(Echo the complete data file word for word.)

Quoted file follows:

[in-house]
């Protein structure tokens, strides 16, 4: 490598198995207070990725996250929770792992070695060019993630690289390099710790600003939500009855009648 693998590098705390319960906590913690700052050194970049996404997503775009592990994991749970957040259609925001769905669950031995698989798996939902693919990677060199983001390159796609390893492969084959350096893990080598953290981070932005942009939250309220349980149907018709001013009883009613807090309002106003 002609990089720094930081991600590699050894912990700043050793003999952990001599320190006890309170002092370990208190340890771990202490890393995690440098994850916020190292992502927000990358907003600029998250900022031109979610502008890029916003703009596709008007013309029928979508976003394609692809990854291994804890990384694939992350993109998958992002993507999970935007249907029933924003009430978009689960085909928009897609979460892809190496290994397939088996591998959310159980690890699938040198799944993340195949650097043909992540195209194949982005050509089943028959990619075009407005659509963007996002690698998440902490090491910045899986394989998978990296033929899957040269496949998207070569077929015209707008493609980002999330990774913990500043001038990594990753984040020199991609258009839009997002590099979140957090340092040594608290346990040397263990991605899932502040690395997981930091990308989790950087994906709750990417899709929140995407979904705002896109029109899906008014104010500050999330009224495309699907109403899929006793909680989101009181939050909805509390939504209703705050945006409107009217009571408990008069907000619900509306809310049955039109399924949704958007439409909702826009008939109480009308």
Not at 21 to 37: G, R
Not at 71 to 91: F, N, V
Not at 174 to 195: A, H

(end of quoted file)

[in-house]
């Protein structure tokens, strides 16, 4: 490598198995207070990725996250929770792992070695060019993630690289390099710790600003939500009855009648 693998590098705390319960906590913690700052050194970049996404997503775009592990994991749970957040259609925001769905669950031995698989798996939902693919990677060199983001390159796609390893492969084959350096893990080598953290981070932005942009939250309220349980149907018709001013009883009613807090309002106003 002609990089720094930081991600590699050894912990700043050793003999952990001599320190006890309170002092370990208190340890771990202490890393995690440098994850916020190292992502927000990358907003600029998250900022031109979610502008890029916003703009596709008007013309029928979508976003394609692809990854291994804890990384694939992350993109998958992002993507999970935007249907029933924003009430978009689960085909928009897609979460892809190496290994397939088996591998959310159980690890699938040198799944993340195949650097043909992540195209194949982005050509089943028959990619075009407005659509963007996002690698998440902490090491910045899986394989998978990296033929899957040269496949998207070569077929015209707008493609980002999330990774913990500043001038990594990753984040020199991609258009839009997002590099979140957090340092040594608290346990040397263990991605899932502040690395997981930091990308989790950087994906709750990417899709929140995407979904705002896109029109899906008014104010500050999330009224495309699907109403899929006793909680989101009181939050909805509390939504209703705050945006409107009217009571408990008069907000619900509306809310049955039109399924949704958007439409909702826009008939109480009308």
Not at 21 to 37: G, R
Not at 71 to 91: F, N, V
Not at 174 to 195: A, H